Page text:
California voters will officially have the chance to legalize recreational cannabis this fall. On Tuesday, California’s Secretary of State announced that the Adult Use Marijuana Act (AUMA) initiative had gathered enough signatures to be placed on November’s ballot.
The act would allow adults age 21 and older to possess, transport and purchase up to an ounce of cannabis and grow up to six plants for recreational use.
“Today marks a fresh start for California, as we prepare to replace the costly, harmful and ineffective system of prohibition with a safe, legal and responsible adult-use marijuana system that gets it right and completely pays for itself,”
stated Jason Kinney, spokesman for the Adult Use of Marijuana Act.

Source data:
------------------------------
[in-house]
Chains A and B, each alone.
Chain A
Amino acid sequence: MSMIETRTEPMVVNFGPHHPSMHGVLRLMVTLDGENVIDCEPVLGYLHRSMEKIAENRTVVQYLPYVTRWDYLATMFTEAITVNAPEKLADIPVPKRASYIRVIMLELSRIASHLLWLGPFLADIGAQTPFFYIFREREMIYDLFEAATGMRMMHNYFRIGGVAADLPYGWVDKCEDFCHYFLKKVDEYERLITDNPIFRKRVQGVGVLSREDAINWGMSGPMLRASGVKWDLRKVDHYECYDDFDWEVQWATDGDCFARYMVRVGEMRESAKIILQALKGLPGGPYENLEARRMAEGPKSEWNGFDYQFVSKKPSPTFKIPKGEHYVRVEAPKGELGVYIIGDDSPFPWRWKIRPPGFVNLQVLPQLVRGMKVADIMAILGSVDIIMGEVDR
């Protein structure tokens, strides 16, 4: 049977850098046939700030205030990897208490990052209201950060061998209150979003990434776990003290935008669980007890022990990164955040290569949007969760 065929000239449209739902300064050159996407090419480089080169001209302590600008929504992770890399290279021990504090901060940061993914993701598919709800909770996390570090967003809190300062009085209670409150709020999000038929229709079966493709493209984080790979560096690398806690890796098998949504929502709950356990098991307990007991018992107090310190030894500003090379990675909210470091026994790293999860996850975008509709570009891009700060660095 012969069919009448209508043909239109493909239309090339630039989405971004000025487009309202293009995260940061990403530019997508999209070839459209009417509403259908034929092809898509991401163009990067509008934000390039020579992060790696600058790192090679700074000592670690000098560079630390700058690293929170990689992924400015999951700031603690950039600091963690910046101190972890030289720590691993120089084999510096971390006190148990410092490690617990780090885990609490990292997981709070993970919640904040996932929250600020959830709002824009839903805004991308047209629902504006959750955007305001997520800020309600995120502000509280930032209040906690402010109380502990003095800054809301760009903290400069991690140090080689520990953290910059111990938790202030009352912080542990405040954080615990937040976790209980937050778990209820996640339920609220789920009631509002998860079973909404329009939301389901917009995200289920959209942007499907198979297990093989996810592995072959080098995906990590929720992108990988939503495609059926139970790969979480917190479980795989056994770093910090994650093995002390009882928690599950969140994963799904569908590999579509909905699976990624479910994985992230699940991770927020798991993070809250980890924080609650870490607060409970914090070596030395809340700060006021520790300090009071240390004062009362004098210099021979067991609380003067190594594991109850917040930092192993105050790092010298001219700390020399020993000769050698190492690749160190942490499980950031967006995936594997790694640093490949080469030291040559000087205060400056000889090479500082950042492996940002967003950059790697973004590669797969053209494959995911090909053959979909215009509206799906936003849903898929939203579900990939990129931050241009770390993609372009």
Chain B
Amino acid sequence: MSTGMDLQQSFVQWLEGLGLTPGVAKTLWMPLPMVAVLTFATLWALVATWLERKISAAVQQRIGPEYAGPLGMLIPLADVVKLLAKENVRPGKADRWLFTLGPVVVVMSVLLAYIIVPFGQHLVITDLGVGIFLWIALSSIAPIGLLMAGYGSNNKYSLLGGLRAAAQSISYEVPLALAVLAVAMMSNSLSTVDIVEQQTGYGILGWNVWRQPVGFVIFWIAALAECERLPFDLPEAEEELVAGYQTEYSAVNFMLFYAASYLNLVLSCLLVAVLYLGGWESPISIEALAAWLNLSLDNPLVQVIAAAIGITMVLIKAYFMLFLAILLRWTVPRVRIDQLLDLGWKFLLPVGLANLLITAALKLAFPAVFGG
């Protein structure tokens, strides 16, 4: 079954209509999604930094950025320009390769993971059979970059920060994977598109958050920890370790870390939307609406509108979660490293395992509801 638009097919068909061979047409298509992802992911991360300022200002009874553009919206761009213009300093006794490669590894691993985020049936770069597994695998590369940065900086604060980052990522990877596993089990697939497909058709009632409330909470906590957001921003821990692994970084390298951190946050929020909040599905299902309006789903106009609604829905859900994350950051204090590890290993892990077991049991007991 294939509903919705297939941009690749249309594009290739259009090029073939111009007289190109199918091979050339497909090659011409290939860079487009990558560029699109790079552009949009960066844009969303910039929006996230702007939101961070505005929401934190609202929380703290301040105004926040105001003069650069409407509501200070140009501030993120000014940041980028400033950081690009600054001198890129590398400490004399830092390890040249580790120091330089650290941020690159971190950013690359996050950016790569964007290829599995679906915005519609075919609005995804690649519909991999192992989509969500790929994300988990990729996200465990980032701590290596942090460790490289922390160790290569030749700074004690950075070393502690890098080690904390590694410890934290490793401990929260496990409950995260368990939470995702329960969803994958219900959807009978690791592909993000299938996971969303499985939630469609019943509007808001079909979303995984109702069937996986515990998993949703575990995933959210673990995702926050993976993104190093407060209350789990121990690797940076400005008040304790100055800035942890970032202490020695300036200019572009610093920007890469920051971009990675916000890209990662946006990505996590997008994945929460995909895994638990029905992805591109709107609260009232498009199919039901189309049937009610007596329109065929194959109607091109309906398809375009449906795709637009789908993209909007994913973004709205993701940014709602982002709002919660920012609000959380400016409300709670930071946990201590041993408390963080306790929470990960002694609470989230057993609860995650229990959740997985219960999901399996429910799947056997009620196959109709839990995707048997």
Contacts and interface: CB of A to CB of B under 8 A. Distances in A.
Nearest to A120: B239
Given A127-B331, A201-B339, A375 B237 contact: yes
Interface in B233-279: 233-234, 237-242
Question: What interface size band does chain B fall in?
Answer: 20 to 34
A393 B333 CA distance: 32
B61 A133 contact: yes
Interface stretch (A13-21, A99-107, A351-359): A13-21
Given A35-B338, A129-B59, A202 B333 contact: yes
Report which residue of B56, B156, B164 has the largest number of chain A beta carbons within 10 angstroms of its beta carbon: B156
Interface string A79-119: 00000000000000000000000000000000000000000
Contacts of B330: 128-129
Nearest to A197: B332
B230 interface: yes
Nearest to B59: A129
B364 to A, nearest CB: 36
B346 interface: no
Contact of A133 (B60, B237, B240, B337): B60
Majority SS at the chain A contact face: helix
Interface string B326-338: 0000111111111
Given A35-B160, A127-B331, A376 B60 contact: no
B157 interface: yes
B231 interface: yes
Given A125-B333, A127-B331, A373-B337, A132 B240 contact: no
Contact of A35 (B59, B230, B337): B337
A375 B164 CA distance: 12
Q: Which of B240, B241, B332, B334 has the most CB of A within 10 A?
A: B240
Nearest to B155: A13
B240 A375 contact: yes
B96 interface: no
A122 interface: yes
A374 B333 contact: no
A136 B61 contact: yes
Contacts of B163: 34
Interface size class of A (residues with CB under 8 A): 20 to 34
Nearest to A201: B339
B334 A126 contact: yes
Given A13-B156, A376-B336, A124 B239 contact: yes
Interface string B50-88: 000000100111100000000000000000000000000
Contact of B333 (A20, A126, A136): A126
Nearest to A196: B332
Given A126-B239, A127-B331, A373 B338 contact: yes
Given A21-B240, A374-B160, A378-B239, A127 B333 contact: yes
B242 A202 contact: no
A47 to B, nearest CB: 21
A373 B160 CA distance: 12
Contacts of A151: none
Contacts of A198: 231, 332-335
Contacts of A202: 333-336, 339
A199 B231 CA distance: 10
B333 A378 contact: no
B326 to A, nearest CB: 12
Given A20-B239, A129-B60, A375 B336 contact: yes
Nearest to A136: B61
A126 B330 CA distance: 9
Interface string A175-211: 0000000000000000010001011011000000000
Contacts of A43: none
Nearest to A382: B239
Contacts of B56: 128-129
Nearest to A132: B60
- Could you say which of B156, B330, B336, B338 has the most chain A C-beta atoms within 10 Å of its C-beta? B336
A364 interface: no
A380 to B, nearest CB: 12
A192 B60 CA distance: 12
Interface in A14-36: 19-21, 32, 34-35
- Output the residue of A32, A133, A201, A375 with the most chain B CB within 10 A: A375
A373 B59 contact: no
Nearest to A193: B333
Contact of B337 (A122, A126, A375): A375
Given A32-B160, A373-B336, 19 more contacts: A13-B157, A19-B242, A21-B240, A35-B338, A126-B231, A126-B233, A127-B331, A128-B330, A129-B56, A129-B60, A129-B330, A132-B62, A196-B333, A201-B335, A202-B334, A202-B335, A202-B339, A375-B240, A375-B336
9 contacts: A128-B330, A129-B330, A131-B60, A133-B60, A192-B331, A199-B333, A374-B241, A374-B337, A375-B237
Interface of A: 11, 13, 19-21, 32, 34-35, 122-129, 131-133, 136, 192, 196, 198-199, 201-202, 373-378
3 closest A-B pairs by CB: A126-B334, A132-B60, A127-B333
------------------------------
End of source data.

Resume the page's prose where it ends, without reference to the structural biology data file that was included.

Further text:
According to the Sacramento Bee, AUMA has risen $3.53 million to support their efforts, almost 31 times more than opponents of the bill.
According to a statement from the California Secretary of State, local and state governments cost savings from reduced enforcement on cannabis relates crimes would exceed $100 million annually. These funds would “be required to be spent for specific purposes such as substance use disorder education, prevention and treatment.”
In 2010, California voters narrowly rejected a similar legalization bill, Proposition 19. Advocates say AUMA has a much better chance at passing because it allows the state to have more control over regulations.
A poll conducted last month by the Public Policy Institute of California concluded, “a majority (60%) of likely voters say that, in general, marijuana use should be legal, and 37 percent say it should not be legal.”